Dir. Daniel Stamm, USA, 2014, 88 mins Cast: Mark Webber, Devon Graye, Tom Bower, Rutina Wesley, Ron Perlman Review by Chris Lockie If you want to instantly engage horror movie fans, you can do a lot worse than begin with an eminent professor delivering a keynote speech in the form of a succession of dirty […]
Of all the songs performed in this sprawling mix of musical, documentary, social satire and freewheeling comedy, the opening one performed by Haven Hamilton (Henry Gibson) gives the best clue to where the film stands in the Altman catalogue. “We must be doing something right/To last 200 years" croons the rhinestone-jacketed Hamilton
Consumed as the 1867 novel, Therese Raquin by Emile Zola, and then on the Parisian boardwalks in 1873, this story of all consumptive passion would have been an intimately gripping tale of unravelling deceit, complemented by the readers imagination or the confines of the stage.
Drama is not perceived by the film establishment these days as a valid genre. To get made and marketed a film is supposed to be a thriller, romance, action, comedy etc. or sometimes a combination of two or more of the above. Writer and director Reitman though makes films that are primarily human dramas
Aches and pains in parts of the body you have no idea existed. Increasingly regular night-time trips to the bathroom. The dismal realisation that you've come to tolerate people like Nigel Farage without ever meaning to. Alongside uncontrollable rage at things that plainly don't matter, like litter, these are the signs you have become the old bastard you always swore you'd never turn into.
Before you even reach the features menu on the Ender’s Game Blu-ray, you are sharply reminded of the commercial failure of its theatrical run by the inclusion of a trailer for Divergent, the latest attempt to launch a Hunger Games/Twilight sized franchise adapted from popular young adult literature. This home entertainment platform gives a second chance to Tsotsi (2005) director, Gavin Hood’s take on Orson Scott Card’s successful series of science-fiction novels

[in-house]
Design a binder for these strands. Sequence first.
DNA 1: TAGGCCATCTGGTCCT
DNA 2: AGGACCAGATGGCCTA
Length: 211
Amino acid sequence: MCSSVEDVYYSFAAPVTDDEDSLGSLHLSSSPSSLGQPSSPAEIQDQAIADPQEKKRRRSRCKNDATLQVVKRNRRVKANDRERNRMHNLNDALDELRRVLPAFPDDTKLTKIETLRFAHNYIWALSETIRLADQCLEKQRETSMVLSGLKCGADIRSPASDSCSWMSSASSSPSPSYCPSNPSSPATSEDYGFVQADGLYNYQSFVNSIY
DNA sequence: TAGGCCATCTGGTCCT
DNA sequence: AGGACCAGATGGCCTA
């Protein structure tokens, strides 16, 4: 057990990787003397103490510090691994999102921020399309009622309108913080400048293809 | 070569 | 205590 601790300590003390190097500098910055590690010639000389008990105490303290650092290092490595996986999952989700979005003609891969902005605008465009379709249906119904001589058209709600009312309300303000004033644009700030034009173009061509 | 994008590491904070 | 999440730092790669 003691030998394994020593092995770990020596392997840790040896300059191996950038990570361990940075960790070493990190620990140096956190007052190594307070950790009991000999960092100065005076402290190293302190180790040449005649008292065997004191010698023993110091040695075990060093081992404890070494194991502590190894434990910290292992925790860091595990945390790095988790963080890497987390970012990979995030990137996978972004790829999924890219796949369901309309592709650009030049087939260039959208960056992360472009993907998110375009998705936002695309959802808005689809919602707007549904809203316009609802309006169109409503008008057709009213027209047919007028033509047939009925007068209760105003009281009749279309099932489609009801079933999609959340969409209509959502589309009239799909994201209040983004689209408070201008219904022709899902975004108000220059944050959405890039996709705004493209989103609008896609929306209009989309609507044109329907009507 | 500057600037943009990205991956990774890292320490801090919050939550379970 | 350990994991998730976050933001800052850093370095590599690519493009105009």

Even the most ardent detractor of the pressed collar world in which Wes Anderson operates will struggle to supress the infectious brilliance of his latest slice of obscure life. Constructed with all of his signifiers and tropes in place, as well as a roll-call of familiar faces from his universe, it’s his best since The Royal Tenenbaums and easily the most accessible Anderson adventure thus far.
300 At Sea: there’s the high-concept premise for you. But actually this film is way better than that sounds. It’s over the top and undoubtedly trashy, but this ‘inter-quel’ to 300 (the story here is contiguous with events in the earlier film) is spectacular and bewildering and hetero-sexy and fun – it may even demonstrate that the Frank Miller approach vouchsafes the future of historical epic cinema.
There are many good things about this gloriously cynical black comedy, which is based on the memoirs of crooked Wall Street broker Jordan Belfort. During the 1980s and 90s Jordan lived the high life, indulging his taste for sports cars, drugs and hookers, all funded by the glitzy company he created to sell fraudulently inflated stocks.
Dir. Ken Scott, 105mins, USA, 2014 Cast: Vince Vaughn, Chris Pratt, Cobie Smulders, Brit Robertson Review by Matthew Rodgers Vince Vaughn has had a pretty rough ride since he established himself as “money” in Doug Liman’s classic, Swingers, way back in 1996. It’d be quicker to head to his imdb page and read the list […]